EBBA2 presents a new baseline on the European avifauna, with an unprecedented geographical coverage from the Azores to the Ural Mountains. EBBA2 is also one of the biggest-ever citizen science projects focusing on mapping biodiversity. In total, around 120,000 fieldworkers contributed data to the atlas, the great majority of them on a voluntary basis.
Verena Keller from the Swiss Ornithological Institute, EBCC board member, EBBA2 project manager and the lead author of the book comments: “EBBA2 was only possible thanks to the EBCC network of organisations and individuals from all corners in Europe, all dedicated to a common goal, cooperating across all borders and barriers.”
Mark Eaton, EBCC chair, looks into the future: “This incredible new book, and the database that underpins it, will serve to enable further research and support conservation of birds and other biodiversity across Europe for decades to come.”
David Noble, previously EBBA2 Steering Committee and Principal Ecologist - Monitoring at British Trust for Ornithology (BTO), said, "Information from the UK during the period 2013 to 2017 came from a wide range of sources including BirdTrack and other international online recording schemes, the BTO/JNCC/RSPB Breeding Bird Survey (BBS), the Waterways Breeding Bird Survey, the RSPB reserve network, and a volunteer gap-filling exercise in 2017. Because good evidence of breeding is so crucial to defining species breeding distributions, some of the most important data sets include the BTO's Ringing Scheme, even more obviously the Nest Records Scheme and for rarer species the Rare Breeding Birds Panel. Overall, almost a million records collated between 2013 and 2017 fed into this, making great use of data collected by volunteers for other purposes."
Dawn Balmer, National Coordinator for the UK, BTO says "Having just completed our own amazing Bird Atlas 2007-11 project, we were challenged to start data collection again for this hugely important European Atlas. We were fortunate to be able to use data from our annual monitoring schemes and our wonderful volunteers across the UK rose to the challenge to undertake fieldwork in places where there were gaps in information. It was important the UK delivered the most up-to-date information we could, and we would like to thank all the volunteers that contributed records"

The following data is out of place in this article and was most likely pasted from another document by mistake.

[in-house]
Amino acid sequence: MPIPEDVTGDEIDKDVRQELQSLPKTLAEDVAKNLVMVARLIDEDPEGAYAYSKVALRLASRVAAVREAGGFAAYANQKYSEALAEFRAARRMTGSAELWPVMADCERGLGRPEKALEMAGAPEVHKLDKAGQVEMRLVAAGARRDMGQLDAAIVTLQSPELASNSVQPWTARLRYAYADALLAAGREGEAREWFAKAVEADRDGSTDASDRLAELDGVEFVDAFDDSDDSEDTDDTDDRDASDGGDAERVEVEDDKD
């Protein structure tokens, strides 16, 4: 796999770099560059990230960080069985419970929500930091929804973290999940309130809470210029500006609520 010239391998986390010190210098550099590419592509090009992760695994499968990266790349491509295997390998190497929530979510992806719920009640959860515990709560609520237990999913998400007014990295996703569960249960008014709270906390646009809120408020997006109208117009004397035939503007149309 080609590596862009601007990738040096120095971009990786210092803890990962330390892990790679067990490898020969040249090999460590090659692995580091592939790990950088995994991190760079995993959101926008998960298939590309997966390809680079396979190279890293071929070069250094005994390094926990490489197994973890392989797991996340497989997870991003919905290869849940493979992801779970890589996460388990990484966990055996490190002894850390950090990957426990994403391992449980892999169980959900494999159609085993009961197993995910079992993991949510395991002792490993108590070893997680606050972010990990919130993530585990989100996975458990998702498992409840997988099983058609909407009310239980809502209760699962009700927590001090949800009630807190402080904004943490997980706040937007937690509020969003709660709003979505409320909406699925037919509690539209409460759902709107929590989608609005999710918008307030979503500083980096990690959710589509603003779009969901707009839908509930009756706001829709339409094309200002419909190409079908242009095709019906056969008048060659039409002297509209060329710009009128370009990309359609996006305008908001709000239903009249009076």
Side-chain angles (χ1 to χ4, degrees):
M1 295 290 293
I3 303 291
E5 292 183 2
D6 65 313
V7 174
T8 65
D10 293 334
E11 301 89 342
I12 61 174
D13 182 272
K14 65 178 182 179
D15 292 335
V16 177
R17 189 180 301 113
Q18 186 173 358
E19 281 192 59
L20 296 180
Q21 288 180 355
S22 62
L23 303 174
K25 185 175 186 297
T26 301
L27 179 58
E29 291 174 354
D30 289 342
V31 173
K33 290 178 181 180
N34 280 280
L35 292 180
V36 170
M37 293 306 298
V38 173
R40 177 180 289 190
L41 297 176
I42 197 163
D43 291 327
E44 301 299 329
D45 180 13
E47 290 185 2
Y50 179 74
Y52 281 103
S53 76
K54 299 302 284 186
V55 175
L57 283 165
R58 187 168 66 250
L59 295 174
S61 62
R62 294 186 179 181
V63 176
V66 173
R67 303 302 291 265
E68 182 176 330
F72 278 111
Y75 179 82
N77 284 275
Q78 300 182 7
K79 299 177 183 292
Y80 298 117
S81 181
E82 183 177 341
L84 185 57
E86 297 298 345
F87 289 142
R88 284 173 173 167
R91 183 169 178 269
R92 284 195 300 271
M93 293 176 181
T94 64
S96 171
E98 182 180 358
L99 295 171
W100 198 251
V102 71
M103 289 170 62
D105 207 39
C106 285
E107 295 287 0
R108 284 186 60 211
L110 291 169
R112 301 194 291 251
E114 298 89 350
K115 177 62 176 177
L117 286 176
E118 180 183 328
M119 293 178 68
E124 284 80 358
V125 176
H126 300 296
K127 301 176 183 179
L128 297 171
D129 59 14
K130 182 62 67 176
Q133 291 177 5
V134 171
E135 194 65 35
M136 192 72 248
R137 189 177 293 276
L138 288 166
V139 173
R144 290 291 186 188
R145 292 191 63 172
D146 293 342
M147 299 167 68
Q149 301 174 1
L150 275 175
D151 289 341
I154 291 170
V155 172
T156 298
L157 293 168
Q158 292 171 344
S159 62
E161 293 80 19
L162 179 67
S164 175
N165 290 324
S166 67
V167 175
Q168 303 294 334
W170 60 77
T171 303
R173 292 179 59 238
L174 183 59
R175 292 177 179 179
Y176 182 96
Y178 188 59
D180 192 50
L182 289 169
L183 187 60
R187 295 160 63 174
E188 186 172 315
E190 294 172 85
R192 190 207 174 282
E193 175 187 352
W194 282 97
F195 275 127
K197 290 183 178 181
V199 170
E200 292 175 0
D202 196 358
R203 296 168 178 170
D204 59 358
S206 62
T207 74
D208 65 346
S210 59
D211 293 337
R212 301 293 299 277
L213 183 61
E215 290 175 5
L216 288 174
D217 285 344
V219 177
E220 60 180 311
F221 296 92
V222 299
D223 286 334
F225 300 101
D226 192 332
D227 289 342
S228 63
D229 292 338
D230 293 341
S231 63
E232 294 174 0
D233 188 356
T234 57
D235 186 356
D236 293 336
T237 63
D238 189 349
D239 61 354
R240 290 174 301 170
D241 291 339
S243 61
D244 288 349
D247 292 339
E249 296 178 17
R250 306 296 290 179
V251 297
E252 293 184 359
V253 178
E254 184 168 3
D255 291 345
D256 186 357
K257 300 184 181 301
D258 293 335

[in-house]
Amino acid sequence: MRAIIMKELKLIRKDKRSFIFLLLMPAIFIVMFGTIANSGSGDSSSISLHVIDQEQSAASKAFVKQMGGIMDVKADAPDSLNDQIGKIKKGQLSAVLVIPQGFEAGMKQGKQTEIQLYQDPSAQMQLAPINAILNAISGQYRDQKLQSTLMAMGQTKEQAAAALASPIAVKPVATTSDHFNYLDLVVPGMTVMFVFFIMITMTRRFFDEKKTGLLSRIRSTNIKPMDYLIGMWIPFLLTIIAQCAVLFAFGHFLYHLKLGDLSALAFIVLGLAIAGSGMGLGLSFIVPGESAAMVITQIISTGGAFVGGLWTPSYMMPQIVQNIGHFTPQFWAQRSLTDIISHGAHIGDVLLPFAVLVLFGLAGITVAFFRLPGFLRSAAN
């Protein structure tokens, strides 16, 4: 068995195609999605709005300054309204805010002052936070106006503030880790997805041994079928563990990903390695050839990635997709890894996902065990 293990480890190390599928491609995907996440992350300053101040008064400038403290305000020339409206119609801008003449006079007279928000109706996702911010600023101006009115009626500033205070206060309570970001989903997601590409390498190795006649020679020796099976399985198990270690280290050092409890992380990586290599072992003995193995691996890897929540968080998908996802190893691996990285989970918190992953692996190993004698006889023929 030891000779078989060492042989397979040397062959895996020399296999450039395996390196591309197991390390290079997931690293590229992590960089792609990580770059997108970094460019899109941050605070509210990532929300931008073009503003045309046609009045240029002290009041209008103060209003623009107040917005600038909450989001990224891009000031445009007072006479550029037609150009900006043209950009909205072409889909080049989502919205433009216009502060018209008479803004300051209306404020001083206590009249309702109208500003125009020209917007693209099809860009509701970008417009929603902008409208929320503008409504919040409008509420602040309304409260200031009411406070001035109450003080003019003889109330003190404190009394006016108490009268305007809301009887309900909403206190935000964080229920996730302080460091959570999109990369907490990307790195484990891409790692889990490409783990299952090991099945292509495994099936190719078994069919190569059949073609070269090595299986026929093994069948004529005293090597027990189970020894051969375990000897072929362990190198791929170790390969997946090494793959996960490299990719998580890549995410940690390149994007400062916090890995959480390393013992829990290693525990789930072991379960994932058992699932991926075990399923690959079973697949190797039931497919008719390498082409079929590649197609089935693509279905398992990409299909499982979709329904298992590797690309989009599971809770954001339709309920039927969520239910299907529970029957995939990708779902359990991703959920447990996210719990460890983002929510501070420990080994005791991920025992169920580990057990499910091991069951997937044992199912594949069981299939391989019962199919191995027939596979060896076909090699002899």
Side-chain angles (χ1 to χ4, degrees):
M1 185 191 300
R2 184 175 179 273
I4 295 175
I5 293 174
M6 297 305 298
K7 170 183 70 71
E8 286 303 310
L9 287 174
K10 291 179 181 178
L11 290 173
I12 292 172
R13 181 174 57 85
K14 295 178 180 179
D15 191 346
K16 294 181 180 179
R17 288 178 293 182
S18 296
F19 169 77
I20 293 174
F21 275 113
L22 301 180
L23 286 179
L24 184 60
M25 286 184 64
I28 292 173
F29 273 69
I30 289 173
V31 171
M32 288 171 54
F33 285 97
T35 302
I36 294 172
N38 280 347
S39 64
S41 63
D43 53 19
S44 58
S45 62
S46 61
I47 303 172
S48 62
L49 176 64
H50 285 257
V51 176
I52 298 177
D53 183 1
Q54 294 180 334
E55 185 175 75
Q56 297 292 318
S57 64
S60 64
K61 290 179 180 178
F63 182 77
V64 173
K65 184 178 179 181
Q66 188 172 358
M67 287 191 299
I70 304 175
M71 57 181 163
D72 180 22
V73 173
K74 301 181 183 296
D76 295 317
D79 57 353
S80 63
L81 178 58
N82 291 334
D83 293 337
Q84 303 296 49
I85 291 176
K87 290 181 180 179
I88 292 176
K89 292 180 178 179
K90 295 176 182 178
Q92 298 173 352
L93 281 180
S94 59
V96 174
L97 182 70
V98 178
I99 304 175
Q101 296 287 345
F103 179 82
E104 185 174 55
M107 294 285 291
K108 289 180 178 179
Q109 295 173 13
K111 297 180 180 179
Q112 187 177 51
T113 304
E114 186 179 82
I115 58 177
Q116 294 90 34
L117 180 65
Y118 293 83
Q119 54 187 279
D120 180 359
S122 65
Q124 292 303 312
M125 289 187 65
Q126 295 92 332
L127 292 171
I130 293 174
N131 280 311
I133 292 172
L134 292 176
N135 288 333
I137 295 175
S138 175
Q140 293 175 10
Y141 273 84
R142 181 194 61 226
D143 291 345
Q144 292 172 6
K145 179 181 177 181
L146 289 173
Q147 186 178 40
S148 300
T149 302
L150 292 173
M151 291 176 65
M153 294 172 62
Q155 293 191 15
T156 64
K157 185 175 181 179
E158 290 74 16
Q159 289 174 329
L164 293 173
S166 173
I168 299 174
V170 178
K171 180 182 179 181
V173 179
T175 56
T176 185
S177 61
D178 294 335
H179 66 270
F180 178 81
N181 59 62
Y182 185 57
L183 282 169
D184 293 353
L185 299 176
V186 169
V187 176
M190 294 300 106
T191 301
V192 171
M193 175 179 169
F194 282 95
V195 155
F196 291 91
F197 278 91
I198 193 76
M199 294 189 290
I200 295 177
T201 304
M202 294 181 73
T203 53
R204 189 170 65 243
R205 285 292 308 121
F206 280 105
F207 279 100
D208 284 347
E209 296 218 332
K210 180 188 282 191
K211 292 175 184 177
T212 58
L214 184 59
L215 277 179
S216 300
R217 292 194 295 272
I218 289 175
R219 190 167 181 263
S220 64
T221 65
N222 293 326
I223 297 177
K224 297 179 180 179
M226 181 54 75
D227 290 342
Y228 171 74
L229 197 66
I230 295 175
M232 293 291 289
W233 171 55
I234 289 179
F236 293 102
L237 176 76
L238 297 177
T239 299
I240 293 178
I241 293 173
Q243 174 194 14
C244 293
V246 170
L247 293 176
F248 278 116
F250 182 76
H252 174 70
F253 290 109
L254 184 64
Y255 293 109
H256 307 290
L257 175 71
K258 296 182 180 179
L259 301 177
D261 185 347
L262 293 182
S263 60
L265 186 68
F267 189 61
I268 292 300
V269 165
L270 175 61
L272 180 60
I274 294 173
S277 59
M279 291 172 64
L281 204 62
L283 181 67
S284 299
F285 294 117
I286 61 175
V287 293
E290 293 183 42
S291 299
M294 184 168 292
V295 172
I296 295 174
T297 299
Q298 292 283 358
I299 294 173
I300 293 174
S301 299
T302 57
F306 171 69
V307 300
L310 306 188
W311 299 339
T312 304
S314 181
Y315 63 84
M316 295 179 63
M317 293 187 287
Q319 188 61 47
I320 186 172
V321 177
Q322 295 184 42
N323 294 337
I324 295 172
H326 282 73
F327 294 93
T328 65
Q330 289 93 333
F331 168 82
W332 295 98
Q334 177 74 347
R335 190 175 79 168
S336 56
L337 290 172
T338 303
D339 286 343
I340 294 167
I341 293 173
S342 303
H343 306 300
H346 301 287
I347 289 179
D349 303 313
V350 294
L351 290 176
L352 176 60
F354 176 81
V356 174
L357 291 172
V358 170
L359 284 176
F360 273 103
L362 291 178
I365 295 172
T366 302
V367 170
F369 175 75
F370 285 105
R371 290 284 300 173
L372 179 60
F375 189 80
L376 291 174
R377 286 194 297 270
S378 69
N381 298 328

The project would not have been possible without dedicated fieldworkers, national coordinators, experts contributing to analyses and presentation of the data, donors and other supporters.
EBBA2 in a nutshell
- 596 breeding bird species
- 10 years of work
- 120,000 fieldworkers
- 48 national partners
- 5 years of fieldwork
- 5,110 50-km squares with information on breeding birds
- 11,075,000 km2 covered
- 556 full species accounts
- 69 species treated in the appendix
- 689 50-km maps showing abundance or breeding evidence
- 222 10-km modelled maps
- 446 maps showing change in distribution since the last atlas
- 568 new species illustrations by 46 artists
- 348 authors of species texts
- 960 pages
The results of EBBA2 are published in a comprehensive book in partnership with Lynx Edicions. An on-line interactive version of the atlas maps is planned to be published at a later stage.